Quantitative Precipitation Forecast
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FXUS04 KWBC 250756

Quantitative Precipitation Forecast Discussion
NWS Weather Prediction Center College Park MD
356 AM EDT Fri May 25 2018

Prelim Day 1 QPF Discussion
Valid May 25/1200 UTC thru May 26/1200 UTC
Reference AWIPS Graphics under...Precip Accum - 24hr

Day 1

The flow pattern is not too exciting except for a closed low
entering the west coast and a broad area of anomalously low
heights in the Gulf of Mexico / northern Caribbean where the
National Hurricane Center places high probabilities of subtropical
or tropical depression development in the near future. A shortwave
digging into the back side of the Gulf trough early this morning
will help induce inverted troughing and enhanced southerly flow of
very moist air downstream over south Florida today. Elsewhere
northern stream waves will promote a few mesoscale thunderstorm
clusters over the upper Midwest / Great Lakes and New England.
Diurnal convection should again become fairly widespread in
coverage over the southern tier, and the low along the west coast
will yield organized rainfall, especially northern California and
southern to eastern Oregon. WPC QPF was derived from a near 50/50
blend of our in-house ensemble and the HREF blended mean. Six-hour
QPF probabilities from the GEFS were also helpful.

...Western U.S...
Models are very generous with rainfall in the difluent region
north to northeast of the closed low center. Although the low is
forecast to open up late in the Day 1 period there should be a
lengthy duration of favorable ascent profiles and southeasterly
low level inflow from northern California into Oregon, and
catching part of northwest Nevada. The event may begin with some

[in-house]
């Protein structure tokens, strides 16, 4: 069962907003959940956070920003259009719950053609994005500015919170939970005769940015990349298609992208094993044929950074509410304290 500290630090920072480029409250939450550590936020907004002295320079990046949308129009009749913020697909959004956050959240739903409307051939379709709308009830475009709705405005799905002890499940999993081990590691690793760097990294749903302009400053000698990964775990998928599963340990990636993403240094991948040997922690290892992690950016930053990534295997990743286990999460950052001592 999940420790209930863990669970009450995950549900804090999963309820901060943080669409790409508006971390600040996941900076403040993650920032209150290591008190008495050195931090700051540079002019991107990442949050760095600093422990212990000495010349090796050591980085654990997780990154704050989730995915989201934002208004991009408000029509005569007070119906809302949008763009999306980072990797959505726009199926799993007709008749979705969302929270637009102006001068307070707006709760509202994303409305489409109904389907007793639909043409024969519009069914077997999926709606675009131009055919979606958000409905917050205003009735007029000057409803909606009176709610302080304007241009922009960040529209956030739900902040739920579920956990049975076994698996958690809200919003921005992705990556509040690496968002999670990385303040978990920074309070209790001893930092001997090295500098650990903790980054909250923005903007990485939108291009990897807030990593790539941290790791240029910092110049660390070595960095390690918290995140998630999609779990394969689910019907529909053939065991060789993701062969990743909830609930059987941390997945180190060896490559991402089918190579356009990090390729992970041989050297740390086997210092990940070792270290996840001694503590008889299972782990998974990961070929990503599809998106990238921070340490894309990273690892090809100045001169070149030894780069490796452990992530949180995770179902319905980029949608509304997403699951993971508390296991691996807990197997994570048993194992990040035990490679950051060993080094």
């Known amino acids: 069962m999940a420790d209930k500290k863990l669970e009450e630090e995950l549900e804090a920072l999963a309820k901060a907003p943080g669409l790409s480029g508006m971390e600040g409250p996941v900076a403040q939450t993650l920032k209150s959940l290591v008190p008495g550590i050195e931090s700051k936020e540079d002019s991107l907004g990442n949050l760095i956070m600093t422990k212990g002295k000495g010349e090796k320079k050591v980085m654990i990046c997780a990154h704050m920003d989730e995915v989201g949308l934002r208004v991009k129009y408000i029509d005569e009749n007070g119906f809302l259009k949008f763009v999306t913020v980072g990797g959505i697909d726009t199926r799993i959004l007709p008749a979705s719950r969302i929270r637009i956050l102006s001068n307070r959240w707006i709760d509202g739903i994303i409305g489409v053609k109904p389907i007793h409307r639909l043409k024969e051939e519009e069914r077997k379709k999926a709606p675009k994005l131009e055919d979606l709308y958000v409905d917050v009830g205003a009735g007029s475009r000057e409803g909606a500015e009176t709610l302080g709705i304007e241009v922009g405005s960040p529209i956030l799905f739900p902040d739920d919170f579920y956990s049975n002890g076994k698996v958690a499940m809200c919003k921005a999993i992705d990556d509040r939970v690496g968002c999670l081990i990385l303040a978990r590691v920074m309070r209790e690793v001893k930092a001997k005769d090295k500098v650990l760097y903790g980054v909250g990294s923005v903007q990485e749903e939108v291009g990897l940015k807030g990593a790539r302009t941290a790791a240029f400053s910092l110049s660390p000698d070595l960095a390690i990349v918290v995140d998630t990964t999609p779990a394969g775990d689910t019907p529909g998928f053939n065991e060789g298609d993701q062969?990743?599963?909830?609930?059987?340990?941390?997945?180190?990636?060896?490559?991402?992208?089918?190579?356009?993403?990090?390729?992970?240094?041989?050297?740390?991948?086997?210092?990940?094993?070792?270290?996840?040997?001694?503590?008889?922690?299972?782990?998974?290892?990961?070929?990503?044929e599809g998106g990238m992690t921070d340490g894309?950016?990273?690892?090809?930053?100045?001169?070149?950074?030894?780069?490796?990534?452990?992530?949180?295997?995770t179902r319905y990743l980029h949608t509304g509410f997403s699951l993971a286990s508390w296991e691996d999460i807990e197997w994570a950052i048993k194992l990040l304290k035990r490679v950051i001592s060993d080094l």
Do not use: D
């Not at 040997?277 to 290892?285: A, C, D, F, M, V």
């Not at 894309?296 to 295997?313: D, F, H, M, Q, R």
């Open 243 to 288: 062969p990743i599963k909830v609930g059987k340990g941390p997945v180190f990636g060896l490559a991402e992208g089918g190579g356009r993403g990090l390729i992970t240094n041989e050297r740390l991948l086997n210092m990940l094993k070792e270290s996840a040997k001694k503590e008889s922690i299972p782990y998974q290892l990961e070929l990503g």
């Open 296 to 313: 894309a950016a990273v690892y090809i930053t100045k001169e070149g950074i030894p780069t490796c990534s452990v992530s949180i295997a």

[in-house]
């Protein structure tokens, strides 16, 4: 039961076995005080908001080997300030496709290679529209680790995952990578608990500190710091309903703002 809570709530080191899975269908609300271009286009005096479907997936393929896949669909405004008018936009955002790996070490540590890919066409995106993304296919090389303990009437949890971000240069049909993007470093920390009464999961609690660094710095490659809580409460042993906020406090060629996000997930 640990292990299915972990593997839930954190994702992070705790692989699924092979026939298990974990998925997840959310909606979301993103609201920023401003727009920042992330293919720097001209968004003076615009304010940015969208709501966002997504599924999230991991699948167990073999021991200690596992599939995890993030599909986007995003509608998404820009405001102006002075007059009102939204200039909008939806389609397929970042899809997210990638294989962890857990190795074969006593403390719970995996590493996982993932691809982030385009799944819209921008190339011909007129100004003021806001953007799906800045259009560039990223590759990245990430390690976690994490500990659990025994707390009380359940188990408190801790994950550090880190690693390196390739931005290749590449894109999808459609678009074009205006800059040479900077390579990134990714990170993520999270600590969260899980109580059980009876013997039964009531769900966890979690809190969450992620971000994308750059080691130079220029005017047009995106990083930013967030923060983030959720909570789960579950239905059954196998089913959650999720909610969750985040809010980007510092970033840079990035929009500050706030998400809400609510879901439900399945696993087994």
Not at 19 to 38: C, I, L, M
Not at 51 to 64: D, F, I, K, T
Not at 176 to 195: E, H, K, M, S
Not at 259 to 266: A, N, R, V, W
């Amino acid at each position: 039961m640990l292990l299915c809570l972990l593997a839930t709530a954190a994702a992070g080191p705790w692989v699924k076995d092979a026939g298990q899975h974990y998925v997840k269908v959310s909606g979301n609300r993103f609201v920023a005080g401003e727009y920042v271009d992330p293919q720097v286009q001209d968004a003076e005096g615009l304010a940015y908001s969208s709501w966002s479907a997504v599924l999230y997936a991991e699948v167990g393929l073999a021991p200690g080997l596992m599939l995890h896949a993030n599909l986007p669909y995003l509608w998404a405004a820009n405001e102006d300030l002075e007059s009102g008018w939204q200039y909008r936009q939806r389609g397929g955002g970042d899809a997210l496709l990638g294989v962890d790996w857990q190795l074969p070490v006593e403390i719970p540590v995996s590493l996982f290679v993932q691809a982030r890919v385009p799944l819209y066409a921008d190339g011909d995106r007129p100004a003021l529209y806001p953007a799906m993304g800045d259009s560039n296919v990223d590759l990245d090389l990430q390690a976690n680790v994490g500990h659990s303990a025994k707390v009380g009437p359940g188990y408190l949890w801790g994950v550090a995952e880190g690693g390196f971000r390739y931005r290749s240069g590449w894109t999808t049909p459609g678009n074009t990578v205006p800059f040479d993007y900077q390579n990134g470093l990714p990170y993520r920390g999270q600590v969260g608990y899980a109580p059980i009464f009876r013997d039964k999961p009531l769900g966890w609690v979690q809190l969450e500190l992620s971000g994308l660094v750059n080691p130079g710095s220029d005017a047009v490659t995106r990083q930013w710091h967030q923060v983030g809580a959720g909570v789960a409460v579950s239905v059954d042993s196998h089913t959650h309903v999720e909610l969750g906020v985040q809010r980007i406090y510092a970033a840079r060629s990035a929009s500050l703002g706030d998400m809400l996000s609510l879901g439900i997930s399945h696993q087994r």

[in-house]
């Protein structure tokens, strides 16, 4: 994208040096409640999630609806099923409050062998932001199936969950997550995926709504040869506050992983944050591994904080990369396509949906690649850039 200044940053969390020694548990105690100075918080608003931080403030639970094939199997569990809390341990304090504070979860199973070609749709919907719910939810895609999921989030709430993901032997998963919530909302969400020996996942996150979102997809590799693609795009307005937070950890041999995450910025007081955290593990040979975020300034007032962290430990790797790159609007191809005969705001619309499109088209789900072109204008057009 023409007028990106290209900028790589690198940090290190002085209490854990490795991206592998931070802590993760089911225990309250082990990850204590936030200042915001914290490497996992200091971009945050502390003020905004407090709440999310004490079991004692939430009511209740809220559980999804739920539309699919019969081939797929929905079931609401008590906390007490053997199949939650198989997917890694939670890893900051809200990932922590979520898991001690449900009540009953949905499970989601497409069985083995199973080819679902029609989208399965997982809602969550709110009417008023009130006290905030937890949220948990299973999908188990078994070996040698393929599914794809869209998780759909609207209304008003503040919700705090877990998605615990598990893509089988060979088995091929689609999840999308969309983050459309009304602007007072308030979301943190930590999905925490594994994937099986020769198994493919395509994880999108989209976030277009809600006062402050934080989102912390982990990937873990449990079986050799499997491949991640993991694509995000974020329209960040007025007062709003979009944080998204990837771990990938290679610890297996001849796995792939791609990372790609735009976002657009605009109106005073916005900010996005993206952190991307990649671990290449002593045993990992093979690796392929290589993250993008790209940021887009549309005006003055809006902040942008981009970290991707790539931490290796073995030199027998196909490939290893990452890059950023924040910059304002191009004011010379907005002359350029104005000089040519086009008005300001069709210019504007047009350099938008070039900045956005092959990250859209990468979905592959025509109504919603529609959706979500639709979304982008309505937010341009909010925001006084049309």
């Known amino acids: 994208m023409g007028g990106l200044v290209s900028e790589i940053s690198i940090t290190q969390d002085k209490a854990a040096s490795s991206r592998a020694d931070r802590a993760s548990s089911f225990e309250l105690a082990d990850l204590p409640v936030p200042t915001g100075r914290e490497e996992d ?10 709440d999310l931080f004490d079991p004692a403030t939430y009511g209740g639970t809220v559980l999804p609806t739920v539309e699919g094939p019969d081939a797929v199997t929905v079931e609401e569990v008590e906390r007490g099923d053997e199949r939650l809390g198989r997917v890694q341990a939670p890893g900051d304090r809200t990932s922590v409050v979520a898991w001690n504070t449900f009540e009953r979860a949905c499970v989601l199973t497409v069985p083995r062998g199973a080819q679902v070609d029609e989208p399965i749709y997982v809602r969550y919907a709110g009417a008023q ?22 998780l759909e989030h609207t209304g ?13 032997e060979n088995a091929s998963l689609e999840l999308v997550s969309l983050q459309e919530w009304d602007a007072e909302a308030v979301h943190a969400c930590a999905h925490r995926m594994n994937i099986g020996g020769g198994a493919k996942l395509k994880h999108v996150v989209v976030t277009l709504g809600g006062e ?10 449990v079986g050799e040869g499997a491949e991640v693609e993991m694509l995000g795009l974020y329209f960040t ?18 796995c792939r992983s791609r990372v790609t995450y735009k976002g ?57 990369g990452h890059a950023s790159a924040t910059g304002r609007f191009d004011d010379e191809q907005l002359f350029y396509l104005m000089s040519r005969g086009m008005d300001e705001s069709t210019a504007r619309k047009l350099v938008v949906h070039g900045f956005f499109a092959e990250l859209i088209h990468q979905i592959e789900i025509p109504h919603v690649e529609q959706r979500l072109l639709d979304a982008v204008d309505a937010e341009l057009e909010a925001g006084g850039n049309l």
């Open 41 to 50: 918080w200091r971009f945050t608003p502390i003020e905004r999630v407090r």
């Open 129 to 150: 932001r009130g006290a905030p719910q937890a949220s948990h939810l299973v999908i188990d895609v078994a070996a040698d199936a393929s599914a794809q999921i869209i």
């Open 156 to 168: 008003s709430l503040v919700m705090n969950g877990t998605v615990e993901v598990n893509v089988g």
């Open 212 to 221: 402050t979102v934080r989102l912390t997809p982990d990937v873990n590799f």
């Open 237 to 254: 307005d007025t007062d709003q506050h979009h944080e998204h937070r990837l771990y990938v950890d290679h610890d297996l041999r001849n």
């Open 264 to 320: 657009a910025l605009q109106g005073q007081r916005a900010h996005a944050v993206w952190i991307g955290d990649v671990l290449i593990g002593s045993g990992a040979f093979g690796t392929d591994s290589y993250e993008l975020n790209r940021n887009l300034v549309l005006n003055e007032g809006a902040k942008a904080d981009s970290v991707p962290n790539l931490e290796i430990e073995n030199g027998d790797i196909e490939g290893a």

convective enhancement and then transition to longer duration
stratiform rainfall behind the surface boundary. An environment
more supportive of deep convection and/or more repetitive
convection should exist farther east, from southeast Oregon into
parts of northern Nevada and much of Idaho. Instability drops off
with eastward extent through NV/UT given drier air in that region,
but thunderstorms should be able to make some eastward progress
before drying out. WPC favored the NAM CONUS NEST for its more
expansive coverage, but perhaps the HREF mean for more toned down
amounts. Still, areal average rainfall greater than an inch is
forecast in parts of CA/OR. The odds of training cells appears
lower today, but hourly rain rates will likely exceed a half an
inch locally during the stronger individual thunderstorms.

With a shortwave trough dropping in to strengthen the broad upper
trough over this region, the models develop an inverted trough
axis over south Florida along with upwind convergence in the
strengthening and very moist southeasterly flow coming off the
Caribbean. There is an increased model signal for widespread 1 to
2 inch areal average rainfall, and the potential for locally more
intense amounts as the pattern remains locked in, allowing
repeated tropical convection into the Keys and parts of south

...Central / Eastern U.S...
The small vort max that has aided in rainfall production over the
southeast will lift a bit and begin to shear toward the Carolinas.
On the broader scale, the response to progression in the northern
stream will start to draw higher octane air back into the eastern
Tennessee and upper Ohio Valleys. The coverage of measurable
precipitation, therefore, is expected to increase or at least
expand toward the north compared to recent days. The pattern
overall still lacks a lot of focus, however, with very weak winds
in much of the column over the eastern and southern states. Some
stronger shear profiles and forcing could lead to more
organization over the upper Midwest, and early day warm advection
followed by strong heating will again allow for a few clusters of
pseudo-organized convection in the lower Missouri Valley and
southern Plains. WPC favored many of the details in the NAM CONUS
Nest, although the lack of synoptic control on the forecast does
give us less confidence, and for QPF we mainly relied on a blend
of low-res and high-res ensemble output, using our in-house
ensemble and the HREF blended mean. The result was areal average
rainfall of a quarter inch or more, but not exceeding one inch,
over broad areas from the upper peninsula of Michigan to Oklahoma
and over across the southern states.



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